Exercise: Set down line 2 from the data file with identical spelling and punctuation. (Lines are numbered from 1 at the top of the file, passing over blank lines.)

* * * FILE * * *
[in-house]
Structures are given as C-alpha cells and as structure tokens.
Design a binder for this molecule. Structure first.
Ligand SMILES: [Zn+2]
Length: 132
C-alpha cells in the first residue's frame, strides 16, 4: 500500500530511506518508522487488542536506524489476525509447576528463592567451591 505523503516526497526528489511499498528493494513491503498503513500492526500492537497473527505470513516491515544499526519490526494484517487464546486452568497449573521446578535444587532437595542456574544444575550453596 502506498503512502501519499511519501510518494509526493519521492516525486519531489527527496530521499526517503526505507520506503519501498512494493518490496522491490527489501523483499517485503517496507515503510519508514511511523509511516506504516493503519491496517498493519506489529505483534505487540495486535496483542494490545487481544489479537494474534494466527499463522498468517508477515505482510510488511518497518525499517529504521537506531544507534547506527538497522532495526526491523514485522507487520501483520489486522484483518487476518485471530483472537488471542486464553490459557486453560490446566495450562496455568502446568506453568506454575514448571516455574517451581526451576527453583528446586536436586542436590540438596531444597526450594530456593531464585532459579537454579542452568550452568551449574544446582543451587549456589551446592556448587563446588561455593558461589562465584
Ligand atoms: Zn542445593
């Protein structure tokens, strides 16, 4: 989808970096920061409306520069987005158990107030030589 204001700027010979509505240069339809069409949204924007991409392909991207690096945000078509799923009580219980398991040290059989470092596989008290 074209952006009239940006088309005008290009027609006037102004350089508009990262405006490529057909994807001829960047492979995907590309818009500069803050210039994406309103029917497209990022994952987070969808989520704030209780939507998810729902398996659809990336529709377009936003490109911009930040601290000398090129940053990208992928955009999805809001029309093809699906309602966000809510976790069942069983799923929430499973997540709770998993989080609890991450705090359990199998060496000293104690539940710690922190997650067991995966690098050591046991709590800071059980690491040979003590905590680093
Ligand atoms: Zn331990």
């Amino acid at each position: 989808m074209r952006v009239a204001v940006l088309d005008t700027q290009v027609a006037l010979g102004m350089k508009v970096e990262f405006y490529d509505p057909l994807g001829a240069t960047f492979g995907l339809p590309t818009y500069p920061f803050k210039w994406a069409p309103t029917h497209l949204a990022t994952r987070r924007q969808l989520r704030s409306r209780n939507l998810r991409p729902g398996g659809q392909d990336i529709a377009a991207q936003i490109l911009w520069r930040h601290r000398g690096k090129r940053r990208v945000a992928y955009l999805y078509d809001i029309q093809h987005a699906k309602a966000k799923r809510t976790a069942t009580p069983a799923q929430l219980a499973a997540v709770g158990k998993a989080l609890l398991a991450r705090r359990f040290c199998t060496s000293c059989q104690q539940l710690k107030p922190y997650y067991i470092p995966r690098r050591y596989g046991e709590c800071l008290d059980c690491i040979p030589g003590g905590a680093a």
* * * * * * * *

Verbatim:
Structures are given as C-alpha cells and as structure tokens.